The third molars, also known as the wisdom teeth because they usually begin to erupt around late adolescence or the “age of wisdom,” are the largest teeth in the human mouth. In fact, these teeth are so large that many people do not have enough room for them in their jaws.
If the wisdom teeth are unable to erupt properly, they become impacted and can cause a number of problems for the patient, such as cysts, abscesses, tumors, infections, discomfort and damage to surrounding teeth to name a few.
Fortunately, modern humans don’t need their wisdom teeth in order to chew very rough foods like their ancient ancestors did. Therefore, patients will not suffer any adverse consequences if those wisdom teeth are removed. Because impacted wisdom teeth are at such risk of creating problems, many patients opt to have them removed as a preventive measure even if they are not symptomatic.
The wisdom tooth extraction procedure is easier in younger patients because the roots are shorter and the teeth more readily removed. Younger patients also recuperate more quickly and face a lower risk of complications after the procedure.
We understand that some patients will be reluctant to pursue surgery if they are not having issues with their wisdom teeth, and Dr. Chei will thoroughly educate you on the procedure so that you can decide whether it is right for you. Here are some answers to some of the initial questions that may come to mind for you.
Pain at the rear of the jaw is a classic symptom of an impacted wisdom tooth. The discomfort occurs because the impacted tooth continues to attempt to erupt into the jaw, despite the lack of room in the jaw for it. It may also be due to a painful infection of the tooth’s root known as an abscess. Additionally, the teeth in the area and throughout the rest of the smile may shift out of their proper position to attempt to create room for the wisdom teeth. Pus at the back of the jaw or bad breath can also be signs of infection, which also may indicate impacted wisdom teeth.
A wisdom tooth extraction can generally be completed in a matter of hours in our office, although some patients may have special circumstances that make the procedure longer. The patient will receive some form of sedation for maximum comfort. Dr. Chei will give you any pre-operative instructions that you may need related to your sedation. A responsible adult will need to escort the patient home after the appointment and stay with the patient until the sedative has worn off completely.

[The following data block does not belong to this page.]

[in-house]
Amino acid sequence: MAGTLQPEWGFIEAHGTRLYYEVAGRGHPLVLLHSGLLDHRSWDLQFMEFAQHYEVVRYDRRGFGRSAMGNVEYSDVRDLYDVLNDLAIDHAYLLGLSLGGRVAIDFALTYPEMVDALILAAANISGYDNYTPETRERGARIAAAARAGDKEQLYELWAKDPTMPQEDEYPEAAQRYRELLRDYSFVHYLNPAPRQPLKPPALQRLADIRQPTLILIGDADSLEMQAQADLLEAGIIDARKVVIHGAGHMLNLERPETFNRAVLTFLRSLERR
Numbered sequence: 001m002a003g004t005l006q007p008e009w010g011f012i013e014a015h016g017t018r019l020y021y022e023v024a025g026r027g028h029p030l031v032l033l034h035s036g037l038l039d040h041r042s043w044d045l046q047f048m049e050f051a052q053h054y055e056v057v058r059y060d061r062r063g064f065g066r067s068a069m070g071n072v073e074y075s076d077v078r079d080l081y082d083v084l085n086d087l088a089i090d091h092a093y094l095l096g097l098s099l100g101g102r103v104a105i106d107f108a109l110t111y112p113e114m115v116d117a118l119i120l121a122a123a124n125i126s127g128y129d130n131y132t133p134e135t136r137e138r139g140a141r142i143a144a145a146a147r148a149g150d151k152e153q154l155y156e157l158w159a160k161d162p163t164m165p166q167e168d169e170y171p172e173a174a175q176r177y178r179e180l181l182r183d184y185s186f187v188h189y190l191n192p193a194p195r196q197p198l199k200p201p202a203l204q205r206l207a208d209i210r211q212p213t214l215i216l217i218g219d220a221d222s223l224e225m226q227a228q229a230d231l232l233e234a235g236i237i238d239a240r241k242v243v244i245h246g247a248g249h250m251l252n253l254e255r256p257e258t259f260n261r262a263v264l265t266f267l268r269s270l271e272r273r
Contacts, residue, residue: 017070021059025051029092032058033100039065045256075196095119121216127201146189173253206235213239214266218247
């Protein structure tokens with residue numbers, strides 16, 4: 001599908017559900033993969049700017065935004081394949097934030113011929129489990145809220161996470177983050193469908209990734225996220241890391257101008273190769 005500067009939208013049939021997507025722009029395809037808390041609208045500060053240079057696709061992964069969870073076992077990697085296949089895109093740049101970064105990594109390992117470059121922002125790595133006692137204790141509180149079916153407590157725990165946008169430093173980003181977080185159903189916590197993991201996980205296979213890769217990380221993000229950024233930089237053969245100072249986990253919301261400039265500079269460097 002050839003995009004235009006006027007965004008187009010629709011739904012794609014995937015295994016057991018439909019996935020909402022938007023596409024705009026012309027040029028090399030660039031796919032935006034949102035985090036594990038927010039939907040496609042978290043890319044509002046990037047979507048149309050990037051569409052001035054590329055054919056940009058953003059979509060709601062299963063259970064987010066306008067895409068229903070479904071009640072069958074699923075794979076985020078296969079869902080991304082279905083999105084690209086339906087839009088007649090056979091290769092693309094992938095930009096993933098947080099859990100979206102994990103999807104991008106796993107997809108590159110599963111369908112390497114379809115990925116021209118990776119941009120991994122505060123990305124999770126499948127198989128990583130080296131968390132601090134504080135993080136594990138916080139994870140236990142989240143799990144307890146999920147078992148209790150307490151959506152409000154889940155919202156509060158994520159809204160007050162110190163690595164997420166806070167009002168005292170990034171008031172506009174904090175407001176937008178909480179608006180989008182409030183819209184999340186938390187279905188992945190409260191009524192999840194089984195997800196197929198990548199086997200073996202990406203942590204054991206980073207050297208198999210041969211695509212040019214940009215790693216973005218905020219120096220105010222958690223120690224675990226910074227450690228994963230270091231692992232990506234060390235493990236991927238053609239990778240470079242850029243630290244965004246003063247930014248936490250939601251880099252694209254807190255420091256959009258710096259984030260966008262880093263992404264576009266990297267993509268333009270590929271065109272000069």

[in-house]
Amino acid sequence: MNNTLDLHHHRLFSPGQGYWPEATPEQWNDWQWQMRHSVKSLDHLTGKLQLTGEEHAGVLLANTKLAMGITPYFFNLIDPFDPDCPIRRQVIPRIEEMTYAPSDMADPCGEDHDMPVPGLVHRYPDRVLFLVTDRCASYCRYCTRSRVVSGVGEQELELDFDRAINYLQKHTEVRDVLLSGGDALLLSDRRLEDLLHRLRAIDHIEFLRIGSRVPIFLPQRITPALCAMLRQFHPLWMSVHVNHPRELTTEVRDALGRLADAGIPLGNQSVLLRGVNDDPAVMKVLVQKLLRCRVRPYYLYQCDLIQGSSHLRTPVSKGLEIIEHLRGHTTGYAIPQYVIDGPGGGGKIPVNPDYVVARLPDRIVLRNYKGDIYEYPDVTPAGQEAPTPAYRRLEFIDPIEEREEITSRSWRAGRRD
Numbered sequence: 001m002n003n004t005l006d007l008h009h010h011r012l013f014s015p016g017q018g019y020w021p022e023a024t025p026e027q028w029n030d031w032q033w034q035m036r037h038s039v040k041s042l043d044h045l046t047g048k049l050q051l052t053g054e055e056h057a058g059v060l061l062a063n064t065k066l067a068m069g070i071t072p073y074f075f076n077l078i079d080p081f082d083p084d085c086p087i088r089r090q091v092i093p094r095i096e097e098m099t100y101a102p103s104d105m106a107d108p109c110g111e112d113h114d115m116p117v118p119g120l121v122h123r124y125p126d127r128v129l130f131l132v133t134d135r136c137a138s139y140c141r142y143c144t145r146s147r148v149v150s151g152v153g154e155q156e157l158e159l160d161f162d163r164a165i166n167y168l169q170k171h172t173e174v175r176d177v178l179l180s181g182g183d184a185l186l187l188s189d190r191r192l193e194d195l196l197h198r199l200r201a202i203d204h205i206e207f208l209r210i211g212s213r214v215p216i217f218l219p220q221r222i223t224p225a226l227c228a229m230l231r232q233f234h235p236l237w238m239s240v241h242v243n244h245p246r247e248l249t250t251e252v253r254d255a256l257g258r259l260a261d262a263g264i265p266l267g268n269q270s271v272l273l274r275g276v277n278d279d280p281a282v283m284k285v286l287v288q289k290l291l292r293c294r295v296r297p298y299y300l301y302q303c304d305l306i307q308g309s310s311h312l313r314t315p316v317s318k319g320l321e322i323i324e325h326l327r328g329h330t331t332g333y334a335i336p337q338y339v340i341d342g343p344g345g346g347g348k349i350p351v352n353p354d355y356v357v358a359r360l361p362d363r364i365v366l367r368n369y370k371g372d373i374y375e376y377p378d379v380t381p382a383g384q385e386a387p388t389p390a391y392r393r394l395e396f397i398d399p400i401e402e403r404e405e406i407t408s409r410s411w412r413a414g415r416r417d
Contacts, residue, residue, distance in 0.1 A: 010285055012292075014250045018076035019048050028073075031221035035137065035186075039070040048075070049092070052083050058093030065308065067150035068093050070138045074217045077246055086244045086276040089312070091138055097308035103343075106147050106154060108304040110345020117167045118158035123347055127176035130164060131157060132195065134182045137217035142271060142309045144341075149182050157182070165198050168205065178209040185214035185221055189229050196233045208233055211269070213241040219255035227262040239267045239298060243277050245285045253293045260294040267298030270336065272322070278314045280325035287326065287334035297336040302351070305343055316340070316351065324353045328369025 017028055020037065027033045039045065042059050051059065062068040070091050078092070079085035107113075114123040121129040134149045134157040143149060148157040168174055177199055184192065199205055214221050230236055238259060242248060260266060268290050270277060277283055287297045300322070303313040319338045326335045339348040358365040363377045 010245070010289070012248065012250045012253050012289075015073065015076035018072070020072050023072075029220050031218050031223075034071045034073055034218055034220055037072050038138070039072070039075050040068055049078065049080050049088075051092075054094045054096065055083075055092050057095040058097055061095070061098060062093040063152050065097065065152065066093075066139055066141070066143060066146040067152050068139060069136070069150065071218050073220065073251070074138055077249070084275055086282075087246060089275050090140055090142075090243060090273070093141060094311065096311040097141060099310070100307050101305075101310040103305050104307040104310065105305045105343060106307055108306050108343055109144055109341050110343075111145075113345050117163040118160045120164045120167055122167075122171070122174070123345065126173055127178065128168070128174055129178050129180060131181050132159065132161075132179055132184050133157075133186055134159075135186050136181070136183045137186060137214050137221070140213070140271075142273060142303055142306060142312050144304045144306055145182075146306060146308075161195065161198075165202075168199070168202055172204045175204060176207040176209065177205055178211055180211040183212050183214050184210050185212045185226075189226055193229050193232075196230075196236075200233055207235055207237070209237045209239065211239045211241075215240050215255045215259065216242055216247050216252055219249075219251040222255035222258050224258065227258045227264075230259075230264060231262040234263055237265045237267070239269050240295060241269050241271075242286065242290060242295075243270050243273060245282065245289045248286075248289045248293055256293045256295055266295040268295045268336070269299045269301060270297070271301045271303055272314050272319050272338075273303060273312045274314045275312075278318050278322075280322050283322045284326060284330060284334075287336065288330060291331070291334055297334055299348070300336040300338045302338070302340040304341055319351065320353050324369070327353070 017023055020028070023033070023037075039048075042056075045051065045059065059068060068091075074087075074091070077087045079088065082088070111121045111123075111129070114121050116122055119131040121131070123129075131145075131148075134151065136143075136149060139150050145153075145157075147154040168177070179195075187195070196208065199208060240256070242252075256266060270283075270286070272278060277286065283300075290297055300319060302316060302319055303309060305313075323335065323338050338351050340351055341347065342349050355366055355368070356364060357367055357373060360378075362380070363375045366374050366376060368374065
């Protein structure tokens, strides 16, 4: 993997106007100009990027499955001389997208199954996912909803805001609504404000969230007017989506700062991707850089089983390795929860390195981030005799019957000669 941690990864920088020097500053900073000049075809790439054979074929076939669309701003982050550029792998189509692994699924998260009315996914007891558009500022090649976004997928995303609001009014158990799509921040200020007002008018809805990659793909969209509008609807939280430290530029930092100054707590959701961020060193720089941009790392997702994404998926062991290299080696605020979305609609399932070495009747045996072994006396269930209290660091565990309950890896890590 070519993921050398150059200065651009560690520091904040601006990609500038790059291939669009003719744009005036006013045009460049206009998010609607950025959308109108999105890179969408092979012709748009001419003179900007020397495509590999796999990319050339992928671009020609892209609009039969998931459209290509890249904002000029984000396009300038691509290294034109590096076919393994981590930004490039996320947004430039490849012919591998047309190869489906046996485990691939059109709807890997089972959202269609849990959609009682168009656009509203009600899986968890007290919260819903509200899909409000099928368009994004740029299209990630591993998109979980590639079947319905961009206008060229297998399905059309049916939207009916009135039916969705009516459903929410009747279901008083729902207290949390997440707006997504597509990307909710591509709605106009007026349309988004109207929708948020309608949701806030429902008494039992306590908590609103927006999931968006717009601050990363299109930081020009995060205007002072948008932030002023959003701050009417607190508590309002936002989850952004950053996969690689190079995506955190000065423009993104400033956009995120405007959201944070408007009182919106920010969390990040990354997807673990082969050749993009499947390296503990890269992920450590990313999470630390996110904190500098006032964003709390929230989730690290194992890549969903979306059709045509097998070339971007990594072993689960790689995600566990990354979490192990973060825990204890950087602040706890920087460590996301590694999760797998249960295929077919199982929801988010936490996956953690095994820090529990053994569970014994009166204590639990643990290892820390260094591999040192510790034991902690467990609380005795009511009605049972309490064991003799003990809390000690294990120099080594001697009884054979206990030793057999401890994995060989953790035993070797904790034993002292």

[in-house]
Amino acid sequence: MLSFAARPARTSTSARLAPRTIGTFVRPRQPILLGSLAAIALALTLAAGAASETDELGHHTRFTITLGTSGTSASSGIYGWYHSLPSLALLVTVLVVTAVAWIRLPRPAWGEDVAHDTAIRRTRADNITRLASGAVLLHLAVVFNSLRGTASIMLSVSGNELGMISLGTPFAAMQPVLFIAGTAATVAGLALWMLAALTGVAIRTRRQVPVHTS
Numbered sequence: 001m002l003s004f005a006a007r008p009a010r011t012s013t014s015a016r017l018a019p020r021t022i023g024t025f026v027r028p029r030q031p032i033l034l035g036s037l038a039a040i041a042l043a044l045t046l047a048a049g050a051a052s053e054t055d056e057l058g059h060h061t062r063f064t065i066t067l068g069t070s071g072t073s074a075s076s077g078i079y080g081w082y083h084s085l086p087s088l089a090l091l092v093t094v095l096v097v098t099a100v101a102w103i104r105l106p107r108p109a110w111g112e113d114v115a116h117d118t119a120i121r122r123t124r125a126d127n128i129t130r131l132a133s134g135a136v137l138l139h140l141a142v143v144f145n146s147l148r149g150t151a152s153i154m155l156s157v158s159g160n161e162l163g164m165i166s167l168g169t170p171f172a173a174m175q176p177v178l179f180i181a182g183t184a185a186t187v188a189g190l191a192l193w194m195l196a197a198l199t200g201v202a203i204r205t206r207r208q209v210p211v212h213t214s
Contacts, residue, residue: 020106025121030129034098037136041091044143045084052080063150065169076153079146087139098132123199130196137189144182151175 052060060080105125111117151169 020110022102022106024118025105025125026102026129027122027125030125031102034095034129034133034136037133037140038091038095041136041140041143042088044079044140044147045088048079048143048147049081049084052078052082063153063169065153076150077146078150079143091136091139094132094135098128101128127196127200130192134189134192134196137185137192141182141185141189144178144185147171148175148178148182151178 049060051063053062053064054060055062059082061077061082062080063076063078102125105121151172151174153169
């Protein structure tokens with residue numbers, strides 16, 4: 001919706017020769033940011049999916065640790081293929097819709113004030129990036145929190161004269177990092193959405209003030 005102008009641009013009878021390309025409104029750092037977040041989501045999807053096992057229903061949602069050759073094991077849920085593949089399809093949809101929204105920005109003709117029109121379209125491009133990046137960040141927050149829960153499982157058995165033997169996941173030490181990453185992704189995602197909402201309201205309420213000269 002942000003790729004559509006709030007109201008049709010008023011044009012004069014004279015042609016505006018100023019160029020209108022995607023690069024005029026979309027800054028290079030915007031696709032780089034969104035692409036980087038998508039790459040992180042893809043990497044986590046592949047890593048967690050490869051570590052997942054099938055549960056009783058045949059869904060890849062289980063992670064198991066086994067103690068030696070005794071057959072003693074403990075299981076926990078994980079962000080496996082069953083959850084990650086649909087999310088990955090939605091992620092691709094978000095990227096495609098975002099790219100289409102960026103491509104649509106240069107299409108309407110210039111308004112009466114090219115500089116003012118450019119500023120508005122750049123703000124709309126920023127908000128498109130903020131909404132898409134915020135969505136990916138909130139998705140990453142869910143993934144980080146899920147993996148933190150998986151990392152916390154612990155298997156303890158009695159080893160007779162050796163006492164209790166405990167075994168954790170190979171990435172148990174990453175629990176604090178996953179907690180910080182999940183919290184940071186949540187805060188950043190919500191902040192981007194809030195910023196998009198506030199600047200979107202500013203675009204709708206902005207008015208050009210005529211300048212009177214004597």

Dr. Chei will give you specific instructions, but most patients will be able to eat and drink something later in the day after their surgery. Patients should stick to a soft diet for the first few days so that the extraction site has time for initial healing. Don’t use drinking straws until Dr. Chei gives you permission to do so, as this can contribute to dry sockets.
A dry socket develops when the blood clot that forms to protect the exposed nerves in the socket either fails to materialize or is dislodged prematurely in the healing process. This painful condition is the most common complication associated with wisdom tooth extraction, although Dr. Chei will make recommendations, like abstaining from smoking and avoiding drinking straws for a period after your procedure, to help you reduce your risk of the condition.
This will vary from patient to patient, so if you have any specific concerns about your pain levels, you should contact Dr. Chei as soon as possible so that you can be evaluated for a problem, if necessary. Most patients should only experience discomfort for a few days after their wisdom teeth are removed, and mild discomfort may linger for another week or so. If you’re having severe pain for a longer period of time, it could indicate a post-operative complication like dry sockets or an infection, so contact our office immediately for further instructions.